I have always heard that possession is 9/10ths of the law. If that is the case and states continue to view dogs as property, then should Pam Bondi not be able to keep Noah since he was abandoned property of his first owners? I applaud Pam for her work. I am a dog lover, owner of several rescue dogs and sent lots of donations to help animal rescue groups save dogs and other animals left behind by their "owners" after Katrina. The fact that people found room in their cars to take TVs and not pets will always amaze me.
E-mail No. 4
You know, whether or not Karr drank champagne or Koolaid on the plane is the least of his problems. Who cares? What difference does it make in the overall outcome? Unless they snagged his glass for a DNA sample....
E-mail No. 5
I have my doubts on whether Karr is the killer. However, having "analysis" by all the people booted out of the district attorney's office and those who lost the election to Mary Lacy is pretty laughable. If someone had a part in pursuing the Ramseys to no avail, they have a vested interest, at the very least for their own egos, to criticize anything done by the current personnel's office. You can get better legal analysis by almost anyone other than those formerly affiliated with the investigation of that case. Also, my first thought with respect to the handwriting analysis is that I don't write the same now as I did when I was 17. They must have found more current handwriting samples within the motel room to have a better sample to analyze and compare. Lastly, no matter how much you hate your ex-spouse, I don't think anyone would want their children's parent to be a murdered in such a high profile case. Regardless, the DNA evidence will hopefully be conclusive and give the definitive answer. At the very least, this guy needs to be locked up, and throw away the key for pedophilia.
Ft. Lauderdale, FL
E-mail No. 6
Sarah Walker was stabbed 27 times for a watch? Nah, I don't think so. She would have handed it over long before then. Your idea concerning a contract killing seems much more likely. Whoever stabbed her definitely wanted her dead.
E-mail No. 7
I find it interesting that you would present the other side of the coin when it comes to the unlawful practice of polygamy on your show tonight. However; showing the LDS temple in the background of your interview was a huge faux pas. You should know by now that the Fundamentalists and the Latter Day Saints are two different religious sects, and neither wants to be mistaken for the other. Please try to make that distinction in the future.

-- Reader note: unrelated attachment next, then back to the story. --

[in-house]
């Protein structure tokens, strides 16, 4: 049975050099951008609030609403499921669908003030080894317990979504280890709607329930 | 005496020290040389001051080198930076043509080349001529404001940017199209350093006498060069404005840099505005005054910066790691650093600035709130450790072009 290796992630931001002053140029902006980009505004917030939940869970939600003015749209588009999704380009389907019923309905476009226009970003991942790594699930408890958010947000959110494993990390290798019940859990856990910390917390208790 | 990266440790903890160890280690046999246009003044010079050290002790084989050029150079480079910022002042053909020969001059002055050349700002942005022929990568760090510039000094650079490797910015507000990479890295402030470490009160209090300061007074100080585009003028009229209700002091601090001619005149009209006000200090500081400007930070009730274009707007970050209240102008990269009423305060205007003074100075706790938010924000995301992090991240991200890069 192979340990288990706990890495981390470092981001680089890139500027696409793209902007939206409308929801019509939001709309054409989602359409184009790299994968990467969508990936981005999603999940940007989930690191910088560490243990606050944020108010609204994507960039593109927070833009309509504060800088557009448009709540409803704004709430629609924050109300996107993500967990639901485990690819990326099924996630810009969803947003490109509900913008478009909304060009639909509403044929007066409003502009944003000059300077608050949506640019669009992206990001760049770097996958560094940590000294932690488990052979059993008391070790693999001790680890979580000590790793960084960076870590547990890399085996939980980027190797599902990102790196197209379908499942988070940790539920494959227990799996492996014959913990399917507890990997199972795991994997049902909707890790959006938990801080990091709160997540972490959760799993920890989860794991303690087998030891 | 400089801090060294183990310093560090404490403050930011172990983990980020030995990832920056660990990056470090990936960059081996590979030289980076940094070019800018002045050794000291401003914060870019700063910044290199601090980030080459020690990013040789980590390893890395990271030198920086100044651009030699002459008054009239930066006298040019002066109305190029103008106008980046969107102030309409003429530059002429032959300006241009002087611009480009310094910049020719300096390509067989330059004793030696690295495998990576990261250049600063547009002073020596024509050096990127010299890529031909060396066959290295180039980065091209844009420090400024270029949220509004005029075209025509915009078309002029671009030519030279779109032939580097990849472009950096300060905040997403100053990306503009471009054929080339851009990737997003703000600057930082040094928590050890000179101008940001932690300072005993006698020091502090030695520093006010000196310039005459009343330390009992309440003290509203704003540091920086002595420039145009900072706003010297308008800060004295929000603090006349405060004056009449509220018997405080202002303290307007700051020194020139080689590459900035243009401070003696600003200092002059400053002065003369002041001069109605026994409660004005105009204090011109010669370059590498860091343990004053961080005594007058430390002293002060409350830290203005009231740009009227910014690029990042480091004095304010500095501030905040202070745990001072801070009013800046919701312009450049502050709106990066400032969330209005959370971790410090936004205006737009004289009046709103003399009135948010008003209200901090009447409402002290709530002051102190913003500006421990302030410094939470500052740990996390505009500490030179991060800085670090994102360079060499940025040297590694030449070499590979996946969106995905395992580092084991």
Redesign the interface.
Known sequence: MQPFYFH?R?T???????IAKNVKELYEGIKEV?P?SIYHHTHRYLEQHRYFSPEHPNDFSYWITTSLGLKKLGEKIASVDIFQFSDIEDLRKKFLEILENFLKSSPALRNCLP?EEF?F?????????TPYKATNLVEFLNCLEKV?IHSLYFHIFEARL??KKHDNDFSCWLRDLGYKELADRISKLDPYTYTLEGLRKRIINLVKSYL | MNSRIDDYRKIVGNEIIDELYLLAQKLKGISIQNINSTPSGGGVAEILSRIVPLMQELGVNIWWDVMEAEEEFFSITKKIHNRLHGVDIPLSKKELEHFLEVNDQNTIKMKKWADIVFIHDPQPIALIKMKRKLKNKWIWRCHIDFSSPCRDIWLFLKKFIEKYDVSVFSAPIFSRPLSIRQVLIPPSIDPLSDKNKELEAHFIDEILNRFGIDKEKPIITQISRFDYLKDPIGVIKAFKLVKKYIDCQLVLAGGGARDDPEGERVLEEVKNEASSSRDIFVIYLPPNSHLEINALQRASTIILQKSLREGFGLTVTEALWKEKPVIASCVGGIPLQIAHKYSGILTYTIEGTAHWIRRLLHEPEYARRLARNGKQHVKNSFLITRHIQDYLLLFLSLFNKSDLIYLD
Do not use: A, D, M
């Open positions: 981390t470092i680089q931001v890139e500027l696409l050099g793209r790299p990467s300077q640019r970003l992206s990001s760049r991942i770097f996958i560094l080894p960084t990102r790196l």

ANSWER: The LDS temple was in the background? I did not realize that — I have a poor quality black and white monitor that I watch in the TV camera as I do the interview and I am usually focused ONLY on the interview and not the background. If this is true that the Temple was in the background, I don't find it a "huge faux pas," but far worse. I find it very, very, very insulting to the Church of Latter Day Saints since the Church does not approve of a polygamy and it has been swept up in the controversy from time to time. People often confuse LDS and its beliefs with other religions and even religions that have been expelled from LDS. I would never intentionally insult any religion or person's beliefs. While we did not suggest LDS condones polygamy or even mention the LDS in the interview, I think the Temple in the background might send a message to the viewer that LDS does condone polygamy when it does not. I apologize. You are right on this.
E-mail No. 8
I want to take issue with you on your interview with the young man from a polygamist family. You asked if the father supported his 37 children, and the young man replied "To the best of his ability, but that the mothers helped support them too." HOW? You can't have 15 children and a job too. That means WE are supporting them with welfare!
I wish you had pointed this out to the audience. This is our major objection to polygamy. We, the taxpayer, are the ones who support them. Do you think this is right?
Carole J. Petersen-Hundley
ANSWER: I did not think he meant they were supported by welfare, but that the mothers worked or supported them. But I could be wrong.
E-mail No. 9
Dear Greta and whom else it may concern,
I enjoy your program ("On the Record") very much and find it informative and very factual. I also found a story done on the polygamy in Utah very interesting being that I am myself a member of the Church of Jesus Christ of Latter-day Saints and lived in Salt Lake City for the majority of my life. I was very, surprisingly, offended at the segment which was put on tonight around 8 p.m. as it featured a picture of the SLC Temple in the background while two pro-polygamy advocates were speaking. I understand it is a landmark to identify the area, however I feel it put forth a false position of the Church of Jesus Christ of Latter-day Saints on the subject which is strictly against the act of polygamy. I really feel your news coverage is more competent than this and would request that more caution would be taken when details such as back grounds are selected so as to not project any inaccurate ideas to the public.
Thank you very much for your time and take care,
ANSWER: Please see my answer to E-mail No. 7 above.